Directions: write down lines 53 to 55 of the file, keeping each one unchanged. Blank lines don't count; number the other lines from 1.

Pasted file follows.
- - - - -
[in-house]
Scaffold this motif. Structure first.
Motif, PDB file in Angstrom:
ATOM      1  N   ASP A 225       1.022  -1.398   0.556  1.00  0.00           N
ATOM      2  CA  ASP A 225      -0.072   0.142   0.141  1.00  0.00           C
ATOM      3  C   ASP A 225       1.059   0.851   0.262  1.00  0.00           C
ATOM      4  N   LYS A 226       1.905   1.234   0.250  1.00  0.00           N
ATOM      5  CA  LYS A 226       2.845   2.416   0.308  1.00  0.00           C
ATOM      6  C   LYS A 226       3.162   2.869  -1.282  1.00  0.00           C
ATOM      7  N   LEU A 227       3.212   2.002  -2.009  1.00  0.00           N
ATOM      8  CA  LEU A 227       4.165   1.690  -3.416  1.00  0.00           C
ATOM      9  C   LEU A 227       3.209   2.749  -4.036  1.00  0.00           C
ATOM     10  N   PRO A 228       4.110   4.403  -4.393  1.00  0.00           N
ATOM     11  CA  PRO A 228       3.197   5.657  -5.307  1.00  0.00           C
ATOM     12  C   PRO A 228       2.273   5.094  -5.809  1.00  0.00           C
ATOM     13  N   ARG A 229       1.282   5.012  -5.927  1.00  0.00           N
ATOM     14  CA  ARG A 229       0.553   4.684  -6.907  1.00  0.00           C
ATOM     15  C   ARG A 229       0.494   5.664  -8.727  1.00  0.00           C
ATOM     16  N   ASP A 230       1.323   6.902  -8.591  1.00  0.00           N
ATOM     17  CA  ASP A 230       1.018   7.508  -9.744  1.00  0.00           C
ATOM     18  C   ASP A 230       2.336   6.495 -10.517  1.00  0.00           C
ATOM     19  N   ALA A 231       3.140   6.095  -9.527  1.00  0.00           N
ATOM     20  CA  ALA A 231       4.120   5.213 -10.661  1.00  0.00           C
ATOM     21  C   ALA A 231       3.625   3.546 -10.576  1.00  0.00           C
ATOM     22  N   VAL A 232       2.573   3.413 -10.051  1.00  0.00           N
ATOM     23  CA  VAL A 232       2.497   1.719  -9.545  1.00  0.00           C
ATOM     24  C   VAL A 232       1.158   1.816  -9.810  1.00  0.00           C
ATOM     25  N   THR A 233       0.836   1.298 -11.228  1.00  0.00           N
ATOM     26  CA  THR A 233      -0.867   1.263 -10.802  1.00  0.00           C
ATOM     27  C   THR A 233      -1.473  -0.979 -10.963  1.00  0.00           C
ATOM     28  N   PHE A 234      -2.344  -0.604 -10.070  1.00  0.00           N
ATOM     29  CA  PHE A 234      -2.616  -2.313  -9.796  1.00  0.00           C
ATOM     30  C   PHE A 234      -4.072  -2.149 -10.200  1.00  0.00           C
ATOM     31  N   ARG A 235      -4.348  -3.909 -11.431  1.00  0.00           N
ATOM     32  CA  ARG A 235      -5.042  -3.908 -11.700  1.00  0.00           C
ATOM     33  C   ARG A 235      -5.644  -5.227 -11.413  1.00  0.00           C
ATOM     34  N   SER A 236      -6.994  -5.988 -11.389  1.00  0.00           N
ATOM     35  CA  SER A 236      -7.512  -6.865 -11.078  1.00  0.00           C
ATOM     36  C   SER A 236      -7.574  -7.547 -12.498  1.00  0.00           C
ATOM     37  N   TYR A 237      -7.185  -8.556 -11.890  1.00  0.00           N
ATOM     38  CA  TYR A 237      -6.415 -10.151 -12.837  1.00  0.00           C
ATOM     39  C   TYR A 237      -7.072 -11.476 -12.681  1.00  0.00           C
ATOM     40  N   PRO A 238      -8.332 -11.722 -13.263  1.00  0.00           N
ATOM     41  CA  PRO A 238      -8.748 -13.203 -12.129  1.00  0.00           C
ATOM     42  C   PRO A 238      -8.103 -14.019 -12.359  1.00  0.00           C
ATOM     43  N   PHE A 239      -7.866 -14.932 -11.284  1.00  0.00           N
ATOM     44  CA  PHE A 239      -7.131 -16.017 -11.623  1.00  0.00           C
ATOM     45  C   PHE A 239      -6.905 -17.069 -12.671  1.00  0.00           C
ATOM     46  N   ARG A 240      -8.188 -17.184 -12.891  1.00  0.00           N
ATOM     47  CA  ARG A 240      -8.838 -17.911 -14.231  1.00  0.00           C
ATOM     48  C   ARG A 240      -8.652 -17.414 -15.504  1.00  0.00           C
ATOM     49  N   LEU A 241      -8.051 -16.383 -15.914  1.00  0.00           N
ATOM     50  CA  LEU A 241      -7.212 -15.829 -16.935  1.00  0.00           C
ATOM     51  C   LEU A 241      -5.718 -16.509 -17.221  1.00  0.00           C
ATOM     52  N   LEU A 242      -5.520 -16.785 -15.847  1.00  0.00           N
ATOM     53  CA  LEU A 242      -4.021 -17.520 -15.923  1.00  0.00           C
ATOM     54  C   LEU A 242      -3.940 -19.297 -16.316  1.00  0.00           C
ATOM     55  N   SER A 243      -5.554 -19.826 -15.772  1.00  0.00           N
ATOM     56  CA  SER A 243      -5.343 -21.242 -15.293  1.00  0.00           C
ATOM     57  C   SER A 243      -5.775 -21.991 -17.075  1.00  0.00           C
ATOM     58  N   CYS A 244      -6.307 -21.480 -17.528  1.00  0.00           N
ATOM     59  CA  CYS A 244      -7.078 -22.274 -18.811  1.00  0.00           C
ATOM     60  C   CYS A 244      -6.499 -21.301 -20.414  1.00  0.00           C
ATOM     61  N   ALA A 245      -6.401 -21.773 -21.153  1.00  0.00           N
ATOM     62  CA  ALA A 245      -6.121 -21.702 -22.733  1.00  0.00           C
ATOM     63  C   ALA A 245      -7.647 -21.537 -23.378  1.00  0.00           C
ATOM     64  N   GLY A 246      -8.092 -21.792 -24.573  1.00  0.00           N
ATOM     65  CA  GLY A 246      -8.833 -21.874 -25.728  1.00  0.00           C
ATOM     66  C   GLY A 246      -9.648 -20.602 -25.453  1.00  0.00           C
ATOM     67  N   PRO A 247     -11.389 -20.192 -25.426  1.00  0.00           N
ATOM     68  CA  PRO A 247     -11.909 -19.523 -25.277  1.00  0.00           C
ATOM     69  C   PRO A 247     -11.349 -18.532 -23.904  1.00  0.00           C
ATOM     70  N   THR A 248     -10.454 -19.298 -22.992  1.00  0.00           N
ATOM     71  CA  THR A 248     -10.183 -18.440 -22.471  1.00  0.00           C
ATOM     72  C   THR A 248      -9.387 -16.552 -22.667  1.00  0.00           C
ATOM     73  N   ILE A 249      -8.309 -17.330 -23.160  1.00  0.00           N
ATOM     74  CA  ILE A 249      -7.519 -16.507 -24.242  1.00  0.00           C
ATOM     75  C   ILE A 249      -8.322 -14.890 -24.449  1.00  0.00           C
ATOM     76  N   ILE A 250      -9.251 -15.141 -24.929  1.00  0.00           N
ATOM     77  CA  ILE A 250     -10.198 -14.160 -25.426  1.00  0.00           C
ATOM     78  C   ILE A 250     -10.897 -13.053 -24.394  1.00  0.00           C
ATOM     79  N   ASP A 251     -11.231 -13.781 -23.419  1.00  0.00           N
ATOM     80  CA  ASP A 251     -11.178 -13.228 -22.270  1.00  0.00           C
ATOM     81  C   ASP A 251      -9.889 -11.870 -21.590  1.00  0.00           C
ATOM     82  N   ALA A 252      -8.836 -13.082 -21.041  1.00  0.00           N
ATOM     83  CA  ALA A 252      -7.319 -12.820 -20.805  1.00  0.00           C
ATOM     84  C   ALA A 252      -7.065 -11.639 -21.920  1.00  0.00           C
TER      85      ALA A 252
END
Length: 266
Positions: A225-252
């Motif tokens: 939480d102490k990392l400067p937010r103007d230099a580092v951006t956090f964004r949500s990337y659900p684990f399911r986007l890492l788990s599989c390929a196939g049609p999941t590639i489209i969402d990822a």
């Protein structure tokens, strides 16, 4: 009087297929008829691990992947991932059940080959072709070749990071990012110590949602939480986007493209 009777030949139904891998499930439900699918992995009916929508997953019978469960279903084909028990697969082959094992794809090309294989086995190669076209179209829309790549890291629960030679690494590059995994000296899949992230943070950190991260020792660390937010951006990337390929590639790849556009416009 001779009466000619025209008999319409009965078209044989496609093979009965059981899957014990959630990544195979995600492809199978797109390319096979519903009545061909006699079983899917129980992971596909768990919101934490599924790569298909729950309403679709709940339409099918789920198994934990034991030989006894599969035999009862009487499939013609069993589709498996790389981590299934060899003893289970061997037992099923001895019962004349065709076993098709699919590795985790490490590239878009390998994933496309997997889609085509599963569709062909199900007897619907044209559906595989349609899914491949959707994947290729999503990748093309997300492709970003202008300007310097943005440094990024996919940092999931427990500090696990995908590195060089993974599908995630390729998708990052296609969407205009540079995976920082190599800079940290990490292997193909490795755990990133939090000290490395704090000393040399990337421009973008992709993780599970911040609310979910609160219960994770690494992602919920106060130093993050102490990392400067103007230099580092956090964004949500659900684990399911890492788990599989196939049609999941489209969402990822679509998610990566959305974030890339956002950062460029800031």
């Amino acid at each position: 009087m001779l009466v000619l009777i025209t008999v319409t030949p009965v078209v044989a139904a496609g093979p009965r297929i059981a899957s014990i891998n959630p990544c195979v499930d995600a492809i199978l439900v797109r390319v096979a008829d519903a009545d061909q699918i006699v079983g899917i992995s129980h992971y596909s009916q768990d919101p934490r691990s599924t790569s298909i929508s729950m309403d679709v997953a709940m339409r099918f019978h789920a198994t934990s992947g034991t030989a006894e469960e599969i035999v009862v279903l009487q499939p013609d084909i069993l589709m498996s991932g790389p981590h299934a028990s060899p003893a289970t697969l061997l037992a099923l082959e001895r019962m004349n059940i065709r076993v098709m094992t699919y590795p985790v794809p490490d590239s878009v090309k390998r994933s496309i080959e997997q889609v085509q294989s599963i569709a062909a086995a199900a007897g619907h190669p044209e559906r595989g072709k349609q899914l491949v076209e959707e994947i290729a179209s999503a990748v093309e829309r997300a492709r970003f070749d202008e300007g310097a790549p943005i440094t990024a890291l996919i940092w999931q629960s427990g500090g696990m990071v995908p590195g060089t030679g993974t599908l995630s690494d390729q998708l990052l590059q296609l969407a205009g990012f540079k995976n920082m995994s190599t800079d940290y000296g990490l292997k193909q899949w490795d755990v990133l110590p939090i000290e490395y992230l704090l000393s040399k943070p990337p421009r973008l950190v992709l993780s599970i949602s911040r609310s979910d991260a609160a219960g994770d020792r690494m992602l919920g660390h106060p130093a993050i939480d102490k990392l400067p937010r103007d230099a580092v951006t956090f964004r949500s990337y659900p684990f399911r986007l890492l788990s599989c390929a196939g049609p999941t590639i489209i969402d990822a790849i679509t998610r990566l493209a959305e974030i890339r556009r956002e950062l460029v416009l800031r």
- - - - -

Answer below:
ATOM     50  CA  LEU A 241      -7.212 -15.829 -16.935  1.00  0.00           C
ATOM     51  C   LEU A 241      -5.718 -16.509 -17.221  1.00  0.00           C
ATOM     52  N   LEU A 242      -5.520 -16.785 -15.847  1.00  0.00           N